Could 'Roboys' be our future caregivers?
As robotic technology becomes more ubiquitous in the fields of defense and medicine, it’s natural to see the same advanced programming in day-to-day life. What kind of changes would a robot like Roboy bring?
The Artificial Intelligence Laboratory of the University of Zurich is working on a humanoid robot designed to move as fluidly as a person. The project, called Roboy, uses tendons to allow for more human movement and actions. A team of scientists and engineers began working on Roboy in June and are set to finish the project by March of 2013. Roboy is designed to do work, and will come programmed to do chores – scientists and engineers aim to eventually program robots that could do human jobs.
Anthropomorphic robots of the past have been characterized by their jerky movements, and serve as inspiration for imitations of robot voice and the “robot dance.” But modern technology has advanced robotics to a new level. Many smartphone users are already familiar with the more human voice of the robots that complete basic search tasks. Developments to soft robots have proven that robots can move flexibly into places that would be unsafe or impossible for humans to access. Defense drones can be programmed to be autonomous; medical robots can even to “read the minds” of users.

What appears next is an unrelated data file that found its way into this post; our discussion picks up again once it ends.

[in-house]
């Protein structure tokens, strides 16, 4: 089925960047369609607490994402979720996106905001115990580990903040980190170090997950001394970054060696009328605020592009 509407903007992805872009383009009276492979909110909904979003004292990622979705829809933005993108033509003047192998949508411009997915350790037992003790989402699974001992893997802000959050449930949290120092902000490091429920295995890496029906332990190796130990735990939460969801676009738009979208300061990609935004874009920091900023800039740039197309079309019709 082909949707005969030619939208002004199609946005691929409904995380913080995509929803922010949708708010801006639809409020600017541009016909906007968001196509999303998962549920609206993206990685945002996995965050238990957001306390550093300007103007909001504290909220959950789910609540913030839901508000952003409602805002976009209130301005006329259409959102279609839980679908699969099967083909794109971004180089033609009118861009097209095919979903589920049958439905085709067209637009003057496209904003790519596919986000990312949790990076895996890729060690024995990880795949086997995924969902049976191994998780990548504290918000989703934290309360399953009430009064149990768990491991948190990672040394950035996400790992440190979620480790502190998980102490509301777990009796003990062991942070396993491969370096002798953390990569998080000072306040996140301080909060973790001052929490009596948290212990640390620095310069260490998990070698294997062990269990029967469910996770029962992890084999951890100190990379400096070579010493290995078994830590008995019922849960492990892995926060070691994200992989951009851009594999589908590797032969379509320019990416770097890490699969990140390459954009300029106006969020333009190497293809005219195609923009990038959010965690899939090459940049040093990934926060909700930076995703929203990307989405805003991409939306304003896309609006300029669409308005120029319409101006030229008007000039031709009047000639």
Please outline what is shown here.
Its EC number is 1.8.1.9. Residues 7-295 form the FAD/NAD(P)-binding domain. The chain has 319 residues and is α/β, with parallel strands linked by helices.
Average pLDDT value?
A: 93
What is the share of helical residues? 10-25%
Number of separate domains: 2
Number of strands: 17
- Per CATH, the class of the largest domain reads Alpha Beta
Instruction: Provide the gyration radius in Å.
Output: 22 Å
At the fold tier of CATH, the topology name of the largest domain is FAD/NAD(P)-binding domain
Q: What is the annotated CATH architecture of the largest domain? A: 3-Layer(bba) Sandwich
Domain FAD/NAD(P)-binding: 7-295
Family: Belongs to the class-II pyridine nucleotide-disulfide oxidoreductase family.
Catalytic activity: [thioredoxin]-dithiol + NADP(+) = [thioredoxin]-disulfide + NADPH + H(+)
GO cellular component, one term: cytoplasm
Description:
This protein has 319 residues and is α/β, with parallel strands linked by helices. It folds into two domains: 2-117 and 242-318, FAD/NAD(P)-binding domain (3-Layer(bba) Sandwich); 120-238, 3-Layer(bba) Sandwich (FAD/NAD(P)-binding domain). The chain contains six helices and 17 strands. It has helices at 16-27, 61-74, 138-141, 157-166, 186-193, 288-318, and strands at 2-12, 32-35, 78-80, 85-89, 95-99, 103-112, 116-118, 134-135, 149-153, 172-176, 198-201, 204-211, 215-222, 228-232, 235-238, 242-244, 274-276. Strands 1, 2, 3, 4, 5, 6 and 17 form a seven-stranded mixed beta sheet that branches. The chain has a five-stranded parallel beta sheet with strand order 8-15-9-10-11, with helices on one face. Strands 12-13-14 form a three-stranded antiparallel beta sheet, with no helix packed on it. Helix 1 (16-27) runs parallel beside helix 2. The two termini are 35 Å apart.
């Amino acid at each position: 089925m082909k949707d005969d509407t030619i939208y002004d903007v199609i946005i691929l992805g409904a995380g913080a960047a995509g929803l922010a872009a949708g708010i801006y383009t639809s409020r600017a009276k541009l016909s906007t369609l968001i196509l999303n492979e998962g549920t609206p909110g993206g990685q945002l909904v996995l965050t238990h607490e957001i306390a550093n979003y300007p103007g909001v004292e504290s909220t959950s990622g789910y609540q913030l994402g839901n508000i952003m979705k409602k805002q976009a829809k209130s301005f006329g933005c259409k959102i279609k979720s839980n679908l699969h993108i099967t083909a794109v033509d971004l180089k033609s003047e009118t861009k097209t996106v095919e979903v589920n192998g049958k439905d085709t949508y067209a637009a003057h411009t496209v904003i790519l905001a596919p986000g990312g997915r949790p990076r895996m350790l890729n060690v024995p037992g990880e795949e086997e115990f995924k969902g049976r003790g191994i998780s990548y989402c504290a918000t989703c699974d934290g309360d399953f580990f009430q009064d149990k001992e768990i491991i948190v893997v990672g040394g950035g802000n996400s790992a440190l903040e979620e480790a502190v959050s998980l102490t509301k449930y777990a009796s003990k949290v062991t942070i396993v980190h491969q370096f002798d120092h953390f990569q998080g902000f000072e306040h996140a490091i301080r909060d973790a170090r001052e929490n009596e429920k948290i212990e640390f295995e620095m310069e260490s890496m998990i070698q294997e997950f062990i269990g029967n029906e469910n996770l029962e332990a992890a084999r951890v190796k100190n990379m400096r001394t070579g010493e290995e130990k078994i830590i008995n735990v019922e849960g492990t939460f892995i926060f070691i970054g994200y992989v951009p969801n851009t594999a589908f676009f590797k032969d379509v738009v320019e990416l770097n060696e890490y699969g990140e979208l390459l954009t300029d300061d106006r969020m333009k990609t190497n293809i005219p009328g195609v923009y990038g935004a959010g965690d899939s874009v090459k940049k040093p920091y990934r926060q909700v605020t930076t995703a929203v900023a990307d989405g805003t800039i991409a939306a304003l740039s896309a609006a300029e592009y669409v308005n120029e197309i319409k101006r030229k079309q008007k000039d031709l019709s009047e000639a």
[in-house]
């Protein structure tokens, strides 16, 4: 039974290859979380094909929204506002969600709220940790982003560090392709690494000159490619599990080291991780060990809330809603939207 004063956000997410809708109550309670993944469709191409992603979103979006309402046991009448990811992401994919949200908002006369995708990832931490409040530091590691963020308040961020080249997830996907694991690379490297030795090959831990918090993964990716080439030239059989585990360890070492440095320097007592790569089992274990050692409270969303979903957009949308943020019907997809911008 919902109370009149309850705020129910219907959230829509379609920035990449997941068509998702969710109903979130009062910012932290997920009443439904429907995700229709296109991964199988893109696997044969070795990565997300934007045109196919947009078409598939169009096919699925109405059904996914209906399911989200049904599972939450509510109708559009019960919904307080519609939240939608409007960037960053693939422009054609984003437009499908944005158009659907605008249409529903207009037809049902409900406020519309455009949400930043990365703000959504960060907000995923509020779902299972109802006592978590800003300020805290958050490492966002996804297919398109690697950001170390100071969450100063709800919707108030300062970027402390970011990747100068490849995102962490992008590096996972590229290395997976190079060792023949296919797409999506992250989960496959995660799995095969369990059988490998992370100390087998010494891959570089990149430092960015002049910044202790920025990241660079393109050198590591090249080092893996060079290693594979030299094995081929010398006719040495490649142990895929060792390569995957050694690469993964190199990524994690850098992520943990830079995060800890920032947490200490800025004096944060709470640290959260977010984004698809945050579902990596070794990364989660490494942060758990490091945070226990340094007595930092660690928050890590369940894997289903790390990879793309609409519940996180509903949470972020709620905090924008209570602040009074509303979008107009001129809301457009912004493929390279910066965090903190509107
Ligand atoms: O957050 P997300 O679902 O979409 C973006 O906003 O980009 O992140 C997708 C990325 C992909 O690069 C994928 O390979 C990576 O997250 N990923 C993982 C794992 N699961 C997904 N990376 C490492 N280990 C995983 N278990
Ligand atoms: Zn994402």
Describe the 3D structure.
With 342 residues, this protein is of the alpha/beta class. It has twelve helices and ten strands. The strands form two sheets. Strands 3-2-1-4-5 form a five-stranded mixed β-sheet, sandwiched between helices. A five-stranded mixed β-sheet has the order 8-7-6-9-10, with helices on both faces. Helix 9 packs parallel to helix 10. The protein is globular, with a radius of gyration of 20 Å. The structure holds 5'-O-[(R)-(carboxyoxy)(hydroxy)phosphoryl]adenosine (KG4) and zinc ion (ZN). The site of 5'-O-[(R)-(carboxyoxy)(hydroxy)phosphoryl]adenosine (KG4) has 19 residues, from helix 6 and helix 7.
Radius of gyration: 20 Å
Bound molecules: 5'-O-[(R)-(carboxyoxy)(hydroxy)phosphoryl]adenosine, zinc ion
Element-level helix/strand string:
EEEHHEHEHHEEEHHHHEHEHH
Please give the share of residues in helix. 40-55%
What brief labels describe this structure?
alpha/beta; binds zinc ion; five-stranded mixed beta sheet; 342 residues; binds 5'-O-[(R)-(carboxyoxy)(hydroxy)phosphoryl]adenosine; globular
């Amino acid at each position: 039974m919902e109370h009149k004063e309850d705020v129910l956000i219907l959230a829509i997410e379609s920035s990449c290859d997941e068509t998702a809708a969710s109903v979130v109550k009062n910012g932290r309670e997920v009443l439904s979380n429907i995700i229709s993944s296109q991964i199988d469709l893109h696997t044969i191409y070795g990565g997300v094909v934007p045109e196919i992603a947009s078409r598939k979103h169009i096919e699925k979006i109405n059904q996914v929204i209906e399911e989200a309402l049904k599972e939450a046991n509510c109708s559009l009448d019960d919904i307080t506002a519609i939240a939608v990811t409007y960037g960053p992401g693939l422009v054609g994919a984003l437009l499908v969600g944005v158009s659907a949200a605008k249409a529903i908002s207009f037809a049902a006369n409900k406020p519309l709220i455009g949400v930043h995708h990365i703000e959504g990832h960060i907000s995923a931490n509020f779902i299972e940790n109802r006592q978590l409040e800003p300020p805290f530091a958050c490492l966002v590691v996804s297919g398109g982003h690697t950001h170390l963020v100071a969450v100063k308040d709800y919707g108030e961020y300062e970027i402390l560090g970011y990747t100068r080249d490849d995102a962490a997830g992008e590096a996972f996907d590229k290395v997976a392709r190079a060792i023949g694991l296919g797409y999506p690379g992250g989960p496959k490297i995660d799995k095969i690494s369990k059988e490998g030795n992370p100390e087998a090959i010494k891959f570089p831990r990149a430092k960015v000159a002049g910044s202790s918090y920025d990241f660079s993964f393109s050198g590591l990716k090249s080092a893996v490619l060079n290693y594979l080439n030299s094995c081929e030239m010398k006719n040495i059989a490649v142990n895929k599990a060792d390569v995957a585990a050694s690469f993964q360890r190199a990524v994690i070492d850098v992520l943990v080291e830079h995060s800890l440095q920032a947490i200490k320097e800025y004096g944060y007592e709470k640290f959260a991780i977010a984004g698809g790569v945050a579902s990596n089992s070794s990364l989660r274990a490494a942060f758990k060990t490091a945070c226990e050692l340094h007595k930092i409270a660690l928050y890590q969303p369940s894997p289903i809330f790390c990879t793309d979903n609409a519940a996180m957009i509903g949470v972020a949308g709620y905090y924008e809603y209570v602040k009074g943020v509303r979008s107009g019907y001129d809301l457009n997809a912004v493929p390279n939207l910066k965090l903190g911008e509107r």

As robotic technology becomes more ubiquitous in the fields of defense and medicine, it’s natural to see the same advanced programming in day-to-day life. What kind of changes would a robot like Roboy bring? Should robotic technology mimick the human form? Would it be useful to use robots to do human work?
Maja Mataric, Professor of Computer Science, Neuroscience, and Pediatrics at University of Southern California & Founding Director, of USC's Center for Robotics and Embedded Systems